Small states adopt action plan for health and climate crises

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Measuring blood pressure (photo:courtesy of Cottonbro Studio)

The 2023 Bridgetown Declaration on Noncommunicable Diseases (NCDs) and Mental Health was launched to address some of the world’s deadliest diseases in Small Island Developing States (SIDS), which are especially at risk. The World Health Organization (WHO) notes that, the Declaration is a key outcome of the SIDS Ministerial Conference on Noncommunicable Diseases (NCDs) and Mental Health which ran from 14 to 16 June and was co-hosted by the World Health Organization (WHO), the Pan American Health Organization (PAHO) and the Government of Barbados.

SIDS are disproportionately impacted by NCDs – which cause 74 per cent of all deaths globally – due to their reliance on imported food, commercial influences and the climate crisis. A new WHO report shows that eight of the 15 countries with more than a 30 per cent risk of premature death from cardiovascular disease, cancer, diabetes, or chronic respiratory disease are SIDS. The 10 countries with the highest obesity rates, globally, are all SIDS in the Pacific, where over 45 per cent of adults live with obesity.

Mental health conditions are common in SIDS, affecting an estimated 15.2 per cent of the population in the Caribbean and 11.2 per cent of the population in the Pacific. People with mental health conditions face a higher risk of premature mortality, including from unaddressed physical health conditions and from suicide. Stigma, specialized staff shortages and the impact of climate change contribute to a challenging situation in SIDS that requires immediate attention.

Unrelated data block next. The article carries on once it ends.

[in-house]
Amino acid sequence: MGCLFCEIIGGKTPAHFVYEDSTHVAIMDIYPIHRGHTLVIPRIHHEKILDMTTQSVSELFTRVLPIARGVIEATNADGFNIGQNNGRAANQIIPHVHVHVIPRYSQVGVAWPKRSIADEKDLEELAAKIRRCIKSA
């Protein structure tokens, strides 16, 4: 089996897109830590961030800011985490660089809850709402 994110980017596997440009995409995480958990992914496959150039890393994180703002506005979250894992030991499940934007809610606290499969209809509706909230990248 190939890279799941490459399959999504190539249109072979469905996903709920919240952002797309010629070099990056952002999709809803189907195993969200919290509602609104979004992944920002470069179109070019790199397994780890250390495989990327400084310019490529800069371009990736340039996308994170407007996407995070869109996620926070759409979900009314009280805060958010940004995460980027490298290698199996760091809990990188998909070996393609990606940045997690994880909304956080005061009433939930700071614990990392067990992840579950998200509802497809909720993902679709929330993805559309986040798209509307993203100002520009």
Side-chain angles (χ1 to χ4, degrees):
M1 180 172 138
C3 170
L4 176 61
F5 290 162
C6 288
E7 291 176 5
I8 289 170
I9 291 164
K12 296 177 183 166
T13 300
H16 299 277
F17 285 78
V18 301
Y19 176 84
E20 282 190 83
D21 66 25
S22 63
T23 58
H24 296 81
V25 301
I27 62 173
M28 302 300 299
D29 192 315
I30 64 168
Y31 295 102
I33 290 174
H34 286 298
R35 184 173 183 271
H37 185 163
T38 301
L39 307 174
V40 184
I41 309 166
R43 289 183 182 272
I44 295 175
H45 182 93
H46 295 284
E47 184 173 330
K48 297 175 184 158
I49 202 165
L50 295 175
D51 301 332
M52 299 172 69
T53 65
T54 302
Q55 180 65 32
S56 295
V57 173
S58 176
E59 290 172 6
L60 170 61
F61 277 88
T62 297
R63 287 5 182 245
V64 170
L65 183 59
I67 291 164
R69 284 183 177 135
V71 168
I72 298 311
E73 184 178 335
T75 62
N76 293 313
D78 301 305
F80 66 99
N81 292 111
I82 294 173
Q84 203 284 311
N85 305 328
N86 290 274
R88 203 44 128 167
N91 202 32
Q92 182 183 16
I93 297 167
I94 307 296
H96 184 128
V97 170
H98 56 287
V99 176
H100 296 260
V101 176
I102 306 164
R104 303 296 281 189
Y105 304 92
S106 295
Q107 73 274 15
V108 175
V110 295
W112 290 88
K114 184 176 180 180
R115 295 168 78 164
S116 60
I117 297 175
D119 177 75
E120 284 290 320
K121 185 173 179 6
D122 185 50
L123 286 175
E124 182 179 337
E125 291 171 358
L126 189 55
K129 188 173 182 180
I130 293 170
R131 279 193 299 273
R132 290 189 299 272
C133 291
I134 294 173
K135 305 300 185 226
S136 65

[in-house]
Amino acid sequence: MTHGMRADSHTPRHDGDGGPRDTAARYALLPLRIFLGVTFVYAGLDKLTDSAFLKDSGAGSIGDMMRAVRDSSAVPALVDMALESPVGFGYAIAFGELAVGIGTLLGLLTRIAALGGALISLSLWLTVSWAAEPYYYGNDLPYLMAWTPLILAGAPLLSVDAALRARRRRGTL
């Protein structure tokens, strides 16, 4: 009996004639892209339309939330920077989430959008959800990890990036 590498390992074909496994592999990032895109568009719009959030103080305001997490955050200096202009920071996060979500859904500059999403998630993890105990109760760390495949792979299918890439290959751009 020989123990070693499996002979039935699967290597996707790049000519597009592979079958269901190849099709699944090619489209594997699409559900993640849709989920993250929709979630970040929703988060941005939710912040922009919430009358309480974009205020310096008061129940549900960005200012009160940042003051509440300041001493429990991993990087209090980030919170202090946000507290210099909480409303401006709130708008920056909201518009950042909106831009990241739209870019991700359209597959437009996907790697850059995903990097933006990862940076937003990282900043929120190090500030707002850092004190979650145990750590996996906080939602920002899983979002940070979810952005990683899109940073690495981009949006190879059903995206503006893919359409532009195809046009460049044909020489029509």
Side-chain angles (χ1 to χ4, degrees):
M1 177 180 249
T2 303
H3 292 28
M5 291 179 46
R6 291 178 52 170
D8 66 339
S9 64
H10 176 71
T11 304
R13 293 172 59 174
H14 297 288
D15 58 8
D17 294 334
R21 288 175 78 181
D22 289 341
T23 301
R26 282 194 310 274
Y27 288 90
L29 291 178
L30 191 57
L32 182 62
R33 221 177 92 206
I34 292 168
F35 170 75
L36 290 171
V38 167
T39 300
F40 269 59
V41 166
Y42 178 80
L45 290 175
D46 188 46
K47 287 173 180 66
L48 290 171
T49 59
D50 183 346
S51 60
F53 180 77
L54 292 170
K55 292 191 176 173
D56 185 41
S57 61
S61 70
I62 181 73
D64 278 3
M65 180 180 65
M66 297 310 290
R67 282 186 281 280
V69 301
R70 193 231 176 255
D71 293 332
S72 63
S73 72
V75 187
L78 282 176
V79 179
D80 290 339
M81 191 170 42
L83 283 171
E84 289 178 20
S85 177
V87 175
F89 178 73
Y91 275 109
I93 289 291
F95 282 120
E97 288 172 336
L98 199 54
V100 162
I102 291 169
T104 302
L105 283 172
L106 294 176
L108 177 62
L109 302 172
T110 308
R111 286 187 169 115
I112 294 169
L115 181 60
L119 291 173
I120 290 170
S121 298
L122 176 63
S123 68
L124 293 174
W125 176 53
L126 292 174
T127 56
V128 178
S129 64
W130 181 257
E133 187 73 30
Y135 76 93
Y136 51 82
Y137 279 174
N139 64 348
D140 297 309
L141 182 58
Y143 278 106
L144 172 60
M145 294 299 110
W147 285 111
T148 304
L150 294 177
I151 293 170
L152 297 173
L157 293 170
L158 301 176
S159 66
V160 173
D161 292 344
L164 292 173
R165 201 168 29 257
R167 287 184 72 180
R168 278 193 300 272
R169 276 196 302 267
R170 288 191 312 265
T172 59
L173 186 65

The 2023 Bridgetown Declaration outlines bold steps to address the range of social, environmental, economic and commercial issues that lead to NCDs and mental health conditions. Developed through an inclusive process led ‘for’ and ‘by’ SIDS, the declaration highlights that NCDs and mental health conditions cannot be properly addressed without responding to the climate crisis. “Bold action for our climate, good health, and well-being relies on redressing and reorganizing global financing to unlock billions in investment, while making it less punishing for developing countries to pay their debts,” said Her Excellency Prime Minister Mia Amor Mottley of Barbados. “Funding for climate change adaptation and mitigation in the most vulnerable countries is also key, with noncommunicable diseases and mental health accounted for”.

“The challenges faced by Small Island Developing States are interconnected and multifaceted. Climate change, environmental degradation, social and economic inequalities, and the commercial determinants of health exacerbate the burden of NCDs and mental health conditions”, said Dr Tedros Adhanom Ghebreyesus, WHO Director-General. “Despite their limited resources and geographical constraints, these nations have shown remarkable resilience in the face of adversity. Together, we must forge a path that is based on equity, resilience, and sustainability. We must strengthen health systems, enhance prevention and early detection measures, and prioritize the integration of NCD and mental health services into primary health care”.

The Director-General also pledged that WHO would work to mobilize financial resources to develop climate resilient, environmentally sustainable health-care facilities in the SIDS. WHO will also continue to advocate for ‘loss and damage’ funding for climate change adaptation and mitigation investments in lower income countries.

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